President Muhammadu Buhari departed Nigeria for the 76th United Nations General Assembly(UNGA) in New York, United States of America on Sunday, September 20. PEOPLES GAZZATE reported that Mr President has asked the Queen of Netherlands, Maxima Zorreguleta for funds to use in developing the country. This development came few weeks after the National Assembly has approved a loan request of $4bn and €710 million for Mr President.
During a bilateral meeting with the Queen on the margins of the United Nations General Assembly in New York, President Buhari, in the closed door meeting said “We have the land. We have the people. Capital input is what we need." Not withstanding the fact that the President has got the nod of the NASS to go ahead with the borrowing plan, one could wonder why Mr President has asked the Queen of Netherlands for more financial assistance. This article spotted out 3 quotient reasons from Mr President's address which could have made him to ask for more funds to develop Nigeria.
(1) AGRICULTURE: President Buhari has told the Queen that he was doing his best to develop Nigeria, especially in the agricultural sector. He counted his development strides in this area to include farmers' confident in the system, provision of fertilizers, farmers improvement on food storage and safety, and the resuscitation of dams.
Just as Mr President has said, he has done his best. However, there is no doubt that his best may not be good enough as it is evident in the geometric rise of the cost of food products and commodities in the markets. Nigeria with more that 200 million people, is still battling with hunger, and poverty even with government huge investments in agricultural sector. Therefore, not withstanding the fact that the approved borrowing request of the President by NASS would be sourced and accessed, Nigeria will still need more funds to develop the Agricultural sector in order to attain a self sufficiency.
(2) INFRASTRUCTURE: President Muhammadu Buhari stressed the importance of infrastructural development for the advancement of the country. He said “without infrastructure, development would be limited." He recounted his feats in the area of infrastructures to include: building of roads, rail, and power. He noted that Nigeria is doing its best with a comprehensive plan.
A report published by NAIRAMETRICS on November 2020, as released by Moody's Investors Services, a leading global risk assessment firm, showed that Nigeria needs to spend about $3 trillion over the space of 30 years in order to bridge the country’s infrastructural gap. With the level of dilapidated and abandoned infrastructures scattering all over the country, Nigeria is still far behind the appreciable state of infrastructural development.
Mathematically, from the above quoted figure, if Nigeria should borrow, $4bn annually for the the sole purpose of developing infrastructures in the country, it would take 750 years to raise $30trillion to help bridge the gap of infrastructural deficit in the country. That amounts to about seven and a half centuries in advance to be able to reach the peak of infrastructural development in Nigeria. Indeed, there is more to do with the lean resources. No wonder the President asked for more funds from the Netherlands Queen even with the approved loan request.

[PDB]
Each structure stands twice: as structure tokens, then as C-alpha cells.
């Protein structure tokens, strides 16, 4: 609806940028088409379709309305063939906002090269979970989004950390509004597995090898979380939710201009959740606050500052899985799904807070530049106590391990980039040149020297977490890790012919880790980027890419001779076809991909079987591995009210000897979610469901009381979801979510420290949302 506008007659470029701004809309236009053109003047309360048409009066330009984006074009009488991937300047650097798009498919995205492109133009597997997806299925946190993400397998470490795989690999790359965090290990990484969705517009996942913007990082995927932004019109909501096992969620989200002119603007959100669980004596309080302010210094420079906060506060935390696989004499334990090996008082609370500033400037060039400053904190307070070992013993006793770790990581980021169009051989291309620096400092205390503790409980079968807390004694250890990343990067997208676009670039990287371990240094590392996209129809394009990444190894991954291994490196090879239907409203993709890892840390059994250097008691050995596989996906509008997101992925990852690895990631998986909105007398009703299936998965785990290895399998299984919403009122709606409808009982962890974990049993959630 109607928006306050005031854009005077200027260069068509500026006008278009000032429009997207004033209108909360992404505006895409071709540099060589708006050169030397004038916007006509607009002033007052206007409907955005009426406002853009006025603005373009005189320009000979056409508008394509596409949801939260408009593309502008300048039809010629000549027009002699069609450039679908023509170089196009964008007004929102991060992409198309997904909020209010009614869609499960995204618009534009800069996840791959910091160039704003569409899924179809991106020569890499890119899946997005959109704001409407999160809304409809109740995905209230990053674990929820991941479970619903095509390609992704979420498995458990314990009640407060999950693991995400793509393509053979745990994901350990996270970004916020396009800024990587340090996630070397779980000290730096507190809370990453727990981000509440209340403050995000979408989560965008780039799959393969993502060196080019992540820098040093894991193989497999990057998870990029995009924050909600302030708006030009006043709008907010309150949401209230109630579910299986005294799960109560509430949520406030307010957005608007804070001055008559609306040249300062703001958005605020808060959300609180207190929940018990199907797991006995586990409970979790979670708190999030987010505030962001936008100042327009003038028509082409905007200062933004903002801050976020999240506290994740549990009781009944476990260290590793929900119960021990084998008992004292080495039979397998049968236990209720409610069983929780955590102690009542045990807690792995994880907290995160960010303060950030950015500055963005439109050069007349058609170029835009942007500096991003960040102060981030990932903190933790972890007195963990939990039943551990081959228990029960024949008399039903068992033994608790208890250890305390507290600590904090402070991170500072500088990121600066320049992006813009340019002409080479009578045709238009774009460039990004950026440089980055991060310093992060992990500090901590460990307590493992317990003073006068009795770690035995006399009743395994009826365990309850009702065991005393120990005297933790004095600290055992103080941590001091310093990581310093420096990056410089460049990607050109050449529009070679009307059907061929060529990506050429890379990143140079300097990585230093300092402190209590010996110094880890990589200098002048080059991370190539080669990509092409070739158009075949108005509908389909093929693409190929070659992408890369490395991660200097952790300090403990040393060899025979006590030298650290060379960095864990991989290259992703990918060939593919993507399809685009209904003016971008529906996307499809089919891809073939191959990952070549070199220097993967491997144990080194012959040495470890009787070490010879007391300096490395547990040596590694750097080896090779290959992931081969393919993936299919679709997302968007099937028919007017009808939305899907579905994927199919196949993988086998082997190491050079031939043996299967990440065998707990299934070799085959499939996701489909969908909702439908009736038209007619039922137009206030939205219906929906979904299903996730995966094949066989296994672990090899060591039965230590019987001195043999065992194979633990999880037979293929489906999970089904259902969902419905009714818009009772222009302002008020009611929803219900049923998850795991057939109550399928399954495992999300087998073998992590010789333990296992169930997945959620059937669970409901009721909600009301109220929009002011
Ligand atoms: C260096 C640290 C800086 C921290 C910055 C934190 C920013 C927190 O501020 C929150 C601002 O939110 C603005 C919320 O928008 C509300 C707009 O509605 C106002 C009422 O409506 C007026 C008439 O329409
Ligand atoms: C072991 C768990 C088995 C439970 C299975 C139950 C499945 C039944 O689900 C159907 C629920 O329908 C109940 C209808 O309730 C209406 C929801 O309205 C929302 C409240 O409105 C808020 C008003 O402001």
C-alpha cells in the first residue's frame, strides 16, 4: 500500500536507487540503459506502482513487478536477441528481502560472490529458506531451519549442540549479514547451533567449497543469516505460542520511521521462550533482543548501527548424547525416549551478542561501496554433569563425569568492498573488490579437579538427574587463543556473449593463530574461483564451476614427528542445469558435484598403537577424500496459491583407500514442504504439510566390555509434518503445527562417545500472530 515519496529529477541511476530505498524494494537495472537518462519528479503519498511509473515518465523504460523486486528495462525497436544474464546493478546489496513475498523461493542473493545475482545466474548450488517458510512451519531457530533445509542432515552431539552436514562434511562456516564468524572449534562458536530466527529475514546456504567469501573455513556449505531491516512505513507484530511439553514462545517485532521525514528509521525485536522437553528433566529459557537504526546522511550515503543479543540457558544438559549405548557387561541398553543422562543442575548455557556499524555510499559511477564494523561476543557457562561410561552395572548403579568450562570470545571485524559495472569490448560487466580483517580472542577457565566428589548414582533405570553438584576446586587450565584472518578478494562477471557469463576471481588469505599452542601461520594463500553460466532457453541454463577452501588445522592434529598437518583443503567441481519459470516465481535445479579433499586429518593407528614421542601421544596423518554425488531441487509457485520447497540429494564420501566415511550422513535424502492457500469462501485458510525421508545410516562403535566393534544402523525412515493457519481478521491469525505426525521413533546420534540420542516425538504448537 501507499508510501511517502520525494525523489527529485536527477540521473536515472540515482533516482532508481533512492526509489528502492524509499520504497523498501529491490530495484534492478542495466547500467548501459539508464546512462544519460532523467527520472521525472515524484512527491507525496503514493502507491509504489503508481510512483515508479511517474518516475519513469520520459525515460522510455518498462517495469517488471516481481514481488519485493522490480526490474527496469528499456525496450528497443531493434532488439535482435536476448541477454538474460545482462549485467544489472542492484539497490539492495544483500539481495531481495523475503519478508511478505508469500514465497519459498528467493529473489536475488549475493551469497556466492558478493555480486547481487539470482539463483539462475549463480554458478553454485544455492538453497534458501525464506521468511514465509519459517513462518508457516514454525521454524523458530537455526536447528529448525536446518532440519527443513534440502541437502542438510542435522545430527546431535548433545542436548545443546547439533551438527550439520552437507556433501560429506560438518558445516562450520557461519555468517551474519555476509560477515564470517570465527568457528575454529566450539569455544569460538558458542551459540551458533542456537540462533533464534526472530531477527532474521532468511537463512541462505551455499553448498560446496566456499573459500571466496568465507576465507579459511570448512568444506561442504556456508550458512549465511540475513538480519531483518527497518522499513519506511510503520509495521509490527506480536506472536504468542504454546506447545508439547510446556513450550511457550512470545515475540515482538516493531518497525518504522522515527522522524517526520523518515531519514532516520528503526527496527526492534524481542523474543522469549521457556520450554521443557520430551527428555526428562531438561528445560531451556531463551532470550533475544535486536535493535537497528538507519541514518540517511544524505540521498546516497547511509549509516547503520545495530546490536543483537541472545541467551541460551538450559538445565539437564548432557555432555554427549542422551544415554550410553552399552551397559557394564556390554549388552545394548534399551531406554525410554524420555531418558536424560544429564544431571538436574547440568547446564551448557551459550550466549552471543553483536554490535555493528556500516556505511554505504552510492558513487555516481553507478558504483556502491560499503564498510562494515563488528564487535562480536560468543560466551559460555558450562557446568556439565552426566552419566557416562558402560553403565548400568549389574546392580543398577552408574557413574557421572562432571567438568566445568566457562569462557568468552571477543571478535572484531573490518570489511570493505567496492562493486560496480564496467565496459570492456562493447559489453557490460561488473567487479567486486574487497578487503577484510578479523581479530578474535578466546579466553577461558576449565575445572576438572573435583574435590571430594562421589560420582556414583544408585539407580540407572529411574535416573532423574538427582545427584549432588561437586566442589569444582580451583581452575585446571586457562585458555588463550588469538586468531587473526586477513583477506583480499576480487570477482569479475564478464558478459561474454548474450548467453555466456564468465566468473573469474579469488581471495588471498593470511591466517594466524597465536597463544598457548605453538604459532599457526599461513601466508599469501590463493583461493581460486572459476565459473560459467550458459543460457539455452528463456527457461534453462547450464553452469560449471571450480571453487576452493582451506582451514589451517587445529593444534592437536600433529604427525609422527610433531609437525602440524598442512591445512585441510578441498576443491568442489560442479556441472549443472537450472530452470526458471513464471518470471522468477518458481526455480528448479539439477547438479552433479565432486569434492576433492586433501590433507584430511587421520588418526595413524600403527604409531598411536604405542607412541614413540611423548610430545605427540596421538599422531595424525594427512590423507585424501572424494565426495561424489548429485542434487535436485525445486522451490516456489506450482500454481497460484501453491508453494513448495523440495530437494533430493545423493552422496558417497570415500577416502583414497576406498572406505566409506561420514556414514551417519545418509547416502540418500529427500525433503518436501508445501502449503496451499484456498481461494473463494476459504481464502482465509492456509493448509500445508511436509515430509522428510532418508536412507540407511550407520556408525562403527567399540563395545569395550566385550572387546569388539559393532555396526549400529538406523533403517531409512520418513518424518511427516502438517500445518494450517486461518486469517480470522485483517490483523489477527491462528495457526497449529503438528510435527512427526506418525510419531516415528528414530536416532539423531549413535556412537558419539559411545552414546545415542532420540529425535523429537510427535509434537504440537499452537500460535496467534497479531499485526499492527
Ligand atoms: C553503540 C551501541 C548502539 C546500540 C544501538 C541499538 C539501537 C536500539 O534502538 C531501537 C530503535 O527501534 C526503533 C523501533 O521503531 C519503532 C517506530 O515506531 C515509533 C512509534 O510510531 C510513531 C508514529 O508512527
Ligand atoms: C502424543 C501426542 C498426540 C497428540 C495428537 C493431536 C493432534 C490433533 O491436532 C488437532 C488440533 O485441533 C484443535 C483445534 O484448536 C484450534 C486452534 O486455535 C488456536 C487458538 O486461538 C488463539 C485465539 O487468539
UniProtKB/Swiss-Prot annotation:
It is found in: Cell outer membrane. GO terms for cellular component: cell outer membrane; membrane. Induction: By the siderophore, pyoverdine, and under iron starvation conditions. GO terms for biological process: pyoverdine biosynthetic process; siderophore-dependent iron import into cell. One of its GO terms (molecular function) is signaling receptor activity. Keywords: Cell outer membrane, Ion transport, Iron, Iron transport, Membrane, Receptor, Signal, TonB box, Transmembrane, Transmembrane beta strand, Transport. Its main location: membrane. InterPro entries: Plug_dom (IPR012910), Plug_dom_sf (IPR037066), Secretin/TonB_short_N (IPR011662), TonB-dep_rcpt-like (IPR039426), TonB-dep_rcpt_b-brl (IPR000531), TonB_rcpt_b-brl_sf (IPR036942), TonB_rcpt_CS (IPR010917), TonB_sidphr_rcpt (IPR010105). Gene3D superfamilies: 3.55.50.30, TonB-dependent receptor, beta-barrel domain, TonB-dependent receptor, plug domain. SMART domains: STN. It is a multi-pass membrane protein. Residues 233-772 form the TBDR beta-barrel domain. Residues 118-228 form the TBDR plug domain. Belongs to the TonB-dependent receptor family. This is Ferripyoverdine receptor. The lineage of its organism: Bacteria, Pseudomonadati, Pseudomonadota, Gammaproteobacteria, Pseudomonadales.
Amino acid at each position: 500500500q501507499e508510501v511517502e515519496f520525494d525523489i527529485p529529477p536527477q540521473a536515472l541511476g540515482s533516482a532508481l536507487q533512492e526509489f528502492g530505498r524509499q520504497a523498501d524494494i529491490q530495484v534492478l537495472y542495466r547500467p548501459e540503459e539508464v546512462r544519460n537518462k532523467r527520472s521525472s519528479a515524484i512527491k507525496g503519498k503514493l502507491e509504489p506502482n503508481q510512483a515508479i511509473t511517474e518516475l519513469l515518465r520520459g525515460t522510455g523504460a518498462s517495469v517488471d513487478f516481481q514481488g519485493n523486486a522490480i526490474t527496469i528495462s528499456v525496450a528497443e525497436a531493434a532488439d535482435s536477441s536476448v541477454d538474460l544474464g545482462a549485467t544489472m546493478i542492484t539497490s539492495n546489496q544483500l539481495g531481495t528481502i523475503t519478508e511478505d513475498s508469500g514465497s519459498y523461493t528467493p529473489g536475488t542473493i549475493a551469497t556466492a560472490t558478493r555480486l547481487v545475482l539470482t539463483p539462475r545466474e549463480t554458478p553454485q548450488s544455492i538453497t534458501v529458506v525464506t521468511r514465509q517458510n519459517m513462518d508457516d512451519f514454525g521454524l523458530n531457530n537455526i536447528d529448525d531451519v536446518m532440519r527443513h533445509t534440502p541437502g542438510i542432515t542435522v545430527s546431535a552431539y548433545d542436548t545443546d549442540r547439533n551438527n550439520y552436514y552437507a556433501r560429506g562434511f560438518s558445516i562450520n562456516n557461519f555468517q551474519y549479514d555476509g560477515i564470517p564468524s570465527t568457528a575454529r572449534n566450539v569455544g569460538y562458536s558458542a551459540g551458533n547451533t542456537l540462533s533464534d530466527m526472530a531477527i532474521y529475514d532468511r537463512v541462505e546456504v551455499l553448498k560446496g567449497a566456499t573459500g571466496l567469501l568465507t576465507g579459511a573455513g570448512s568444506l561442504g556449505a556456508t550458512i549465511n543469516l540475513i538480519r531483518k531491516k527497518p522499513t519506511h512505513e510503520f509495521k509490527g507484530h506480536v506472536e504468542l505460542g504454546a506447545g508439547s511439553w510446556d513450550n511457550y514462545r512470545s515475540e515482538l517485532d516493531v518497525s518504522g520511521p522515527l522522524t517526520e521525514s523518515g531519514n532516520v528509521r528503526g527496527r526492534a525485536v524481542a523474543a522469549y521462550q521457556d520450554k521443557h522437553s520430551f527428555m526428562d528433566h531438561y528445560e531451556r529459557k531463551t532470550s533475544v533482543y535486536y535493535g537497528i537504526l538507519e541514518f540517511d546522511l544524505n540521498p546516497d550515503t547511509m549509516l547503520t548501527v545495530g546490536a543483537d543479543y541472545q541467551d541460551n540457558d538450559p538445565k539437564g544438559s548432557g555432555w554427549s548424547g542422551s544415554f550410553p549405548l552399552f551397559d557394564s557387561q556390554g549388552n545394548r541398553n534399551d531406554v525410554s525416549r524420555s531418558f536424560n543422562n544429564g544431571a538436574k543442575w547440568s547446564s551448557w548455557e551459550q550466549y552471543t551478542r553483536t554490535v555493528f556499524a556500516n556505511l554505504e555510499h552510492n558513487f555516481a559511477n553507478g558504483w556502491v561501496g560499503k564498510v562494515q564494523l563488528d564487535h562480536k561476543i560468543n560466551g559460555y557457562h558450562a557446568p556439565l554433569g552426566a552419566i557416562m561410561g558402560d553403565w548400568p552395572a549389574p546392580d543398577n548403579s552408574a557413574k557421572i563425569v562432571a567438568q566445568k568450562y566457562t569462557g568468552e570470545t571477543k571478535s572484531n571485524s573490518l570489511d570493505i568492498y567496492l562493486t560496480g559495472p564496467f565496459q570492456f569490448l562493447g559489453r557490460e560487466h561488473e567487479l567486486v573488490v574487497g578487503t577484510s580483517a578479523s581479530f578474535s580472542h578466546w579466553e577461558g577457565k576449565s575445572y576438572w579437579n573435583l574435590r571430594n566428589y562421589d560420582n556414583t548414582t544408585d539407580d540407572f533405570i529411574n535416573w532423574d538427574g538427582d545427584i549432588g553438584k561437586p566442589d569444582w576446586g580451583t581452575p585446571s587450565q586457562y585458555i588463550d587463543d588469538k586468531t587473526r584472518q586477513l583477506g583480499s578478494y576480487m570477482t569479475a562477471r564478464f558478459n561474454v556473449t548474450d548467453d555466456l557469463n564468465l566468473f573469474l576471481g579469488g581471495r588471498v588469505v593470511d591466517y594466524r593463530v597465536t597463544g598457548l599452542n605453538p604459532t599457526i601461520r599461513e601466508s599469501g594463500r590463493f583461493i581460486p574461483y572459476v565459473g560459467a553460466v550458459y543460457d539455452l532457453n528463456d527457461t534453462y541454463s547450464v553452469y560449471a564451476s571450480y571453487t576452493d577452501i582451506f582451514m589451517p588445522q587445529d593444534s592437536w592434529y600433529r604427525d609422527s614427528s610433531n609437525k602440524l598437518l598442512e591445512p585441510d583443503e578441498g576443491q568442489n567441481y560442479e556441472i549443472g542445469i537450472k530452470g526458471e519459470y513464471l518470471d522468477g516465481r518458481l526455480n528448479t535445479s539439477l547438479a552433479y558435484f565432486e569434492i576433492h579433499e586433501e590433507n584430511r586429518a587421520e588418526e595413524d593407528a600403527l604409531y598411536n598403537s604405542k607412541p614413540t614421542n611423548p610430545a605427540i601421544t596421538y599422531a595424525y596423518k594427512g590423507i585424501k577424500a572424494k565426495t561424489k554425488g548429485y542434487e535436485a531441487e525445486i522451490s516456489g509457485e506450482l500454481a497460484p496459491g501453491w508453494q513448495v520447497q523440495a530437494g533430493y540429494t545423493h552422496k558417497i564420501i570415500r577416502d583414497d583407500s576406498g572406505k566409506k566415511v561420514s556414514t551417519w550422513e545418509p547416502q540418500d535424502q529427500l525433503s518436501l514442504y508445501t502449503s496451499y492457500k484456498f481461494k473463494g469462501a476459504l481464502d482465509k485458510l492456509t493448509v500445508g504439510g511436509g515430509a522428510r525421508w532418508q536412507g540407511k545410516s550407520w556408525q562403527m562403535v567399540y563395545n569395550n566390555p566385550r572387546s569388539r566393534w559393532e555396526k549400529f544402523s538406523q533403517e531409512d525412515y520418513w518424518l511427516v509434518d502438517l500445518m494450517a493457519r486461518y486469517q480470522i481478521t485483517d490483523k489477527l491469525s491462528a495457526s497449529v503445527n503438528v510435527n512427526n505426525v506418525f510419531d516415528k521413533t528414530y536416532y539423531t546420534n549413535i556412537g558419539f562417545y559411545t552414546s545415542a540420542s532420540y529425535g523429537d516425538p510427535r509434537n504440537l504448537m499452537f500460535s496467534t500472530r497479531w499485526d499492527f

(3) FALL IN OIL PRICES: President Buhari noted that Nigeria was hampered by resources, despite being an oil-exporting nation and that with more financial wherewithal, his regime would speed up infrastructural development.
Nigeria is an oil producing country. However, the prices of crude oil has drooped significantly in the global oil market in the last six years. To make it worse, the country is not even talking about exporting refined petroleum products to other counties. However, even though the country has been exporting crude oil, Nigeria is yet to refine its petroleum products for domestic and industrial consumption.
The country could boast of 3 refineries in Worri, Port Harcourt and in Kaduna. Yet, those facilities have become one of the county's liabilities where government continues to pay huge salaries to oil staff over the years of none productivity.
The Nigerian population has grown in a rapid pace and has overwhelmed its Gross Domestic Product(GDP). Therefore, the proceeds from crude oil would be grossly insignificant compared to the massive developmental projects lying ahead for the country.
In December 2020, a report from the Nigerian National Petroleum Corporation (NNPC) has said that without the discovery of fresh hydrocarbons in some parts of the country, the current 37 billion barrels in reserves will dry up in 30 years, given a projection of 2.3 million barrels per day by 2023. Earlier on February 2020, another report from the Department of Petroleum Resources(DPR) had it that, in the next 49 years, Nigeria will run out of 37 billion barrels of crude oil with the depletion rate of 2% yearly.
This is a clarion call to any responsible government to jettison its over reliance on crude oil production since it could not guarantee a viable future for the nation. Therefore, seeking for more funds to be used in the development of the country might have been an option at last resort.
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